Have you ever wondered how a printer manages to accurately cut artwork to size and in such precise ways? It’s all done through the use of crop marks.
In the video below you will learn all about crop marks and how you can ensure that your artwork is always set up perfectly for the next time you send something off to be printed.
What are crop marks?
Transcript of video:
Today, we’re going to talk about crop marks.
Hi, everyone. It’s Col from Pixels Ink. In printing terms, crop marks are the lines that are placed at the corners of a page or on your artwork layout that show where the paper will be trimmed after the printing process is complete. As the crop marks show where the paper is to be trimmed, often you’ll hear people refer to them as trim lines or trim guides or trim marks. For the purposes of our video and for future videos, I will always refer to them as crop marks.
Crop marks are the crucial element to any piece of artwork that will be trimmed after the printing process. Generally, crop marks will be added using the software that you’ve used to create your original design, and they can be added manually or automatically. In a future video, I’ll be showing you how to do this using Adobe Illustrator software.
When your printer receives the artwork from you, it is printed onto paper which is larger than the document size that’s desired. Then using the crop marks placed onto the artwork, the printer will trim the document down to size. Here’s a quick example showing business card artwork with crop marks in place. You’ll see that the artwork of the business card extends past the crop marks, and this is what’s known as bleed. We’ll cover that in a future video.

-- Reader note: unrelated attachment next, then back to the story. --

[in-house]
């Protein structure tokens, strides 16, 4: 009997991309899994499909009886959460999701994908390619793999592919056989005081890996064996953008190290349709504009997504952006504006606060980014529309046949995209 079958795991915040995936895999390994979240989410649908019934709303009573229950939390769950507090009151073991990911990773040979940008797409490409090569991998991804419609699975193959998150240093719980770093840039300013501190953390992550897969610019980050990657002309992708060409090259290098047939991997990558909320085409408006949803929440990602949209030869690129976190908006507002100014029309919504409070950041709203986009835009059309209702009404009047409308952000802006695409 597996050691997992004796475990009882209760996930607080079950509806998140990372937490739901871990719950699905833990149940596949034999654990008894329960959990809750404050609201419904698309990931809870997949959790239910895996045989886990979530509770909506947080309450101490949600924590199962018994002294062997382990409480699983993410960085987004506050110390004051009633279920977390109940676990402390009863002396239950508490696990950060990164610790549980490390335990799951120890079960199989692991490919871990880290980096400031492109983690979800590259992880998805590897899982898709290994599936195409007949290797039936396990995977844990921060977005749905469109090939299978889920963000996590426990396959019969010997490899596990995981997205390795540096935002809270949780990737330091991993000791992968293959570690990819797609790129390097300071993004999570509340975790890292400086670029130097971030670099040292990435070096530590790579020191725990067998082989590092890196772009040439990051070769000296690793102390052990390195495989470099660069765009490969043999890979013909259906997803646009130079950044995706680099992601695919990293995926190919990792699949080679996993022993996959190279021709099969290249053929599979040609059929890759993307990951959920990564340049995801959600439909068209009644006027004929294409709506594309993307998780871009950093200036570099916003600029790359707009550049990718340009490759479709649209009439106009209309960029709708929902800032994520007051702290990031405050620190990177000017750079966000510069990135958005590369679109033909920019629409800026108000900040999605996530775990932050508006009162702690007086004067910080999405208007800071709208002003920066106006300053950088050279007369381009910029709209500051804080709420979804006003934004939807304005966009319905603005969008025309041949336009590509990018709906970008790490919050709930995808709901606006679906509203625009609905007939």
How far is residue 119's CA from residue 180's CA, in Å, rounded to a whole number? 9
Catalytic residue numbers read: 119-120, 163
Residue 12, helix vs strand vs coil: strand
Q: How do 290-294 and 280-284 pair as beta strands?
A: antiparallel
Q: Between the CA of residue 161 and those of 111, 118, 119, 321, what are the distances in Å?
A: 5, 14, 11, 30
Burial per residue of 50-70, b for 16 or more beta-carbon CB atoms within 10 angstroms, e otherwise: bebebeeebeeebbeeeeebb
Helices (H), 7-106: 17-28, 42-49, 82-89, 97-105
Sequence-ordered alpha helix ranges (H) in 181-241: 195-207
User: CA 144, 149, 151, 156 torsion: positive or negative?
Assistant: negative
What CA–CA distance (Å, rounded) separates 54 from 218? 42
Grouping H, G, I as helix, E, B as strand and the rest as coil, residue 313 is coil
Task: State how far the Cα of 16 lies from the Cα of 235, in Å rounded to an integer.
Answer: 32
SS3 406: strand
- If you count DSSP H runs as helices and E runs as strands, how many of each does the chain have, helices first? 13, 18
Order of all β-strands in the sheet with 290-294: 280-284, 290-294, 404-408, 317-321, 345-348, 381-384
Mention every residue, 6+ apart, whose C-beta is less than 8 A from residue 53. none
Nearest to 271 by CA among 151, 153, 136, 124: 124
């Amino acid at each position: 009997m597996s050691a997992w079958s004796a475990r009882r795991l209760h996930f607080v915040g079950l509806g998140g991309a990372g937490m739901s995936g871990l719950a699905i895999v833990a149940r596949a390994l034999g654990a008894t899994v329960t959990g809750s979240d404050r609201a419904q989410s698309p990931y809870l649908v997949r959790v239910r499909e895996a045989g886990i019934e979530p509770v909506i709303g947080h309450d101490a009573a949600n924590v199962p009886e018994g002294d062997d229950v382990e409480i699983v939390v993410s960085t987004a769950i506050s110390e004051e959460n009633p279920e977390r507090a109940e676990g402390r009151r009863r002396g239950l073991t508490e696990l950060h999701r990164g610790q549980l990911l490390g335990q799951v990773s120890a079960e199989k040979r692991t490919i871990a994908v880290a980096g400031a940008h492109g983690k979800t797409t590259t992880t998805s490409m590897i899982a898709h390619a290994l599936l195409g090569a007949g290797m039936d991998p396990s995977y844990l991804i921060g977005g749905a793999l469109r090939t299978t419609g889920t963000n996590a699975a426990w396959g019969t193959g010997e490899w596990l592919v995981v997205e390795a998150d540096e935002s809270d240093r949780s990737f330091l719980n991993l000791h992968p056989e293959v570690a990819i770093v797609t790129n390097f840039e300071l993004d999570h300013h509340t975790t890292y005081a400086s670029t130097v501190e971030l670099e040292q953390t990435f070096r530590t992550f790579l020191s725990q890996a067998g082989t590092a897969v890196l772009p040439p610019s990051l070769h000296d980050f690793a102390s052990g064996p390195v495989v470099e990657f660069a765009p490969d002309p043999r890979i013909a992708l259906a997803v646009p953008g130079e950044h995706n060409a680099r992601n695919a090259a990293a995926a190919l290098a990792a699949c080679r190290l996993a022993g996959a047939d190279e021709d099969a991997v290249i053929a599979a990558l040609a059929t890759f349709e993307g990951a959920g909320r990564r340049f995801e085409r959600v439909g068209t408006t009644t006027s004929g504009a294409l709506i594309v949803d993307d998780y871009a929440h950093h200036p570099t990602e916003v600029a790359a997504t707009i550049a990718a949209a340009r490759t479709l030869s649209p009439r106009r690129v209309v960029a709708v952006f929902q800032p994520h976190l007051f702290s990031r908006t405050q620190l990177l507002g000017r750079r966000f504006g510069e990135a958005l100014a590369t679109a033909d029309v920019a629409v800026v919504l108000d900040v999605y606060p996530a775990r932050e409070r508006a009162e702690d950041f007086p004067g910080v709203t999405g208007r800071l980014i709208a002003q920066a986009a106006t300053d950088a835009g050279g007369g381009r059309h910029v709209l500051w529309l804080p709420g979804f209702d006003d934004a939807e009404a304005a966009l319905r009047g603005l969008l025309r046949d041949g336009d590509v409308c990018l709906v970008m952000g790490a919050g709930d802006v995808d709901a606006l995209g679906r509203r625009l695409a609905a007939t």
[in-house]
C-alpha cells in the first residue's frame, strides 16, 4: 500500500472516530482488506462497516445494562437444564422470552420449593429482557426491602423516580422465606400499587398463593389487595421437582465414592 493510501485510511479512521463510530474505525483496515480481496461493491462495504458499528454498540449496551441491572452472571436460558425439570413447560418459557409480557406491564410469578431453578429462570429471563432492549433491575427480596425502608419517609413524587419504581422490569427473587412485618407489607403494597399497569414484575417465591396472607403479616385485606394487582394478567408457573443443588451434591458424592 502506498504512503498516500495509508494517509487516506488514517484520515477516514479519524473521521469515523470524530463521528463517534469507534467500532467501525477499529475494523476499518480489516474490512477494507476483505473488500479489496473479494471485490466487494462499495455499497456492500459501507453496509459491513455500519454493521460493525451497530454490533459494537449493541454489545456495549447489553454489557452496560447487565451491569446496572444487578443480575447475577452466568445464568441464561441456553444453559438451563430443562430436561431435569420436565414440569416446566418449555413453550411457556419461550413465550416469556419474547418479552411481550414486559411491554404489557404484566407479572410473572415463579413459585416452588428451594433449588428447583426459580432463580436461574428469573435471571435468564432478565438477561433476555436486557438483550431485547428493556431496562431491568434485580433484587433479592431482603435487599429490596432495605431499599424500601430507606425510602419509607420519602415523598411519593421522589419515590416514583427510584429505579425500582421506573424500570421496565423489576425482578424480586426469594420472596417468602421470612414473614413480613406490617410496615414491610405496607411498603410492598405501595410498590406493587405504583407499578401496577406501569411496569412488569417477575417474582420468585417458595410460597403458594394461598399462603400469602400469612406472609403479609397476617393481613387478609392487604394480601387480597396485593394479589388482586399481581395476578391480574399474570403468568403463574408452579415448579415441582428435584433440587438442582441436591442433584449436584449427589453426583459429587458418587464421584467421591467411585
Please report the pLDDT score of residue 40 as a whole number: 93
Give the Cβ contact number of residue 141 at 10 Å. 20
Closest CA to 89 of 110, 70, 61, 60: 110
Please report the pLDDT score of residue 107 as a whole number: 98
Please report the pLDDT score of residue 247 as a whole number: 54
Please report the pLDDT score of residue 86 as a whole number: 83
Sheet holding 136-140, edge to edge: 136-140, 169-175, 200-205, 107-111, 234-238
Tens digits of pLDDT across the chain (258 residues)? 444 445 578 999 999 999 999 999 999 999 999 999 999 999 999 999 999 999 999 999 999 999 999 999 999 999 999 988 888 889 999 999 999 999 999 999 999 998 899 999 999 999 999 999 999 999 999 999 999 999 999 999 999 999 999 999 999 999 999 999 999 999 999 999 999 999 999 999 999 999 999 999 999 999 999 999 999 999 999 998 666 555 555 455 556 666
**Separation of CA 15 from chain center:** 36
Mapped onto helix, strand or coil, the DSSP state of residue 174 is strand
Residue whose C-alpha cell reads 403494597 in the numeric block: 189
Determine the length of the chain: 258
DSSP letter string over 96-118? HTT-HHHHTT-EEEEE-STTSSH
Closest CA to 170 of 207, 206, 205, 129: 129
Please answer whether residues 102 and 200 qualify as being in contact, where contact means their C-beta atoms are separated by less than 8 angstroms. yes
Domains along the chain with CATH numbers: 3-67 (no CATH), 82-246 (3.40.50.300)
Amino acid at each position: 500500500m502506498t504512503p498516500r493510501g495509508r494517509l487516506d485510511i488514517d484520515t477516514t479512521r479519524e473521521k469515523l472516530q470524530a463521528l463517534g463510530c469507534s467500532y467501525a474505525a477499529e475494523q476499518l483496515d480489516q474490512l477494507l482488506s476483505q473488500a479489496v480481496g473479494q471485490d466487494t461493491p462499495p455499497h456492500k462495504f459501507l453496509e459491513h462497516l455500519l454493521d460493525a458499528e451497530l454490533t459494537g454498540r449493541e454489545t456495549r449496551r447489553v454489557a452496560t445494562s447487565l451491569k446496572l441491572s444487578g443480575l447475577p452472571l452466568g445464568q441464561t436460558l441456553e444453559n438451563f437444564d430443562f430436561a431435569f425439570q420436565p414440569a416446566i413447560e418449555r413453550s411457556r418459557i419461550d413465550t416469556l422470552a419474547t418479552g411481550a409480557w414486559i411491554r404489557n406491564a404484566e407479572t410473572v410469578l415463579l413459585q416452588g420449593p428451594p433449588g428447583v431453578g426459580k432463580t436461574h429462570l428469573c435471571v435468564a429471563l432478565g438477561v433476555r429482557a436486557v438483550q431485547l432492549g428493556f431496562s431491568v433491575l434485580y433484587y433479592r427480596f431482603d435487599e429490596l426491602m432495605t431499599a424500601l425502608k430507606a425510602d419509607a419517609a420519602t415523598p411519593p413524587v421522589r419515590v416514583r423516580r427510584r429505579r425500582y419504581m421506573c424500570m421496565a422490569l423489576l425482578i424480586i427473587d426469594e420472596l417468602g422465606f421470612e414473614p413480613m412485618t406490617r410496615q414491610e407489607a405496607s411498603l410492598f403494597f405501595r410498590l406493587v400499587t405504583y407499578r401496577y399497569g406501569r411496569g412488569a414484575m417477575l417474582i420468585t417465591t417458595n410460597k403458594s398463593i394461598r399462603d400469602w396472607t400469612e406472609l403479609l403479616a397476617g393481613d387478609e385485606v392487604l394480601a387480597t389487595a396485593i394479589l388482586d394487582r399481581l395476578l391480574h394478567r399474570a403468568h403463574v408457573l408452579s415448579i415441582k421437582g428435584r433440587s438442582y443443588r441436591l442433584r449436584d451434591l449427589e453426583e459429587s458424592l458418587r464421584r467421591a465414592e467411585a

Not all artwork, however, has bleed. Where there is no bleed, it’s even more important that you have crop marks included. Crop marks are extremely important to ensure the project is trimmed in the proper places and to the proper size. If you were to send your artwork to a printer with no crop marks on the artwork, then 1 of 2 things will happen. 1, the printer will contact you and ask you to resend the artwork with crop marks included, or 2, if they’re a good printer, what they will do is they will add the crop marks onto the artwork for you.
You can’t always rely on a printer doing that for you, though, so it is your responsibility to make sure crop marks are on there in the first place. In any case, whether you have to add the crop marks again yourself or the printer does that for you, then you’re going to be adding time onto the print turnaround. If you’ve got quite a tight deadline on your project, that could prove very troublesome for you.
It’s been quite a short video today, but I hope it’s been enough to give you an insight into what crop marks are and why they’re important on your finished piece of printed artwork. If you’ve enjoyed the video, please subscribe to my channel. Give the video a thumbs up like, and please if you’ve any comments or questions about crop marks, leave them in the comment section below, and I’ll be sure to answer each and every one of them for you. Until the next video, stay creative.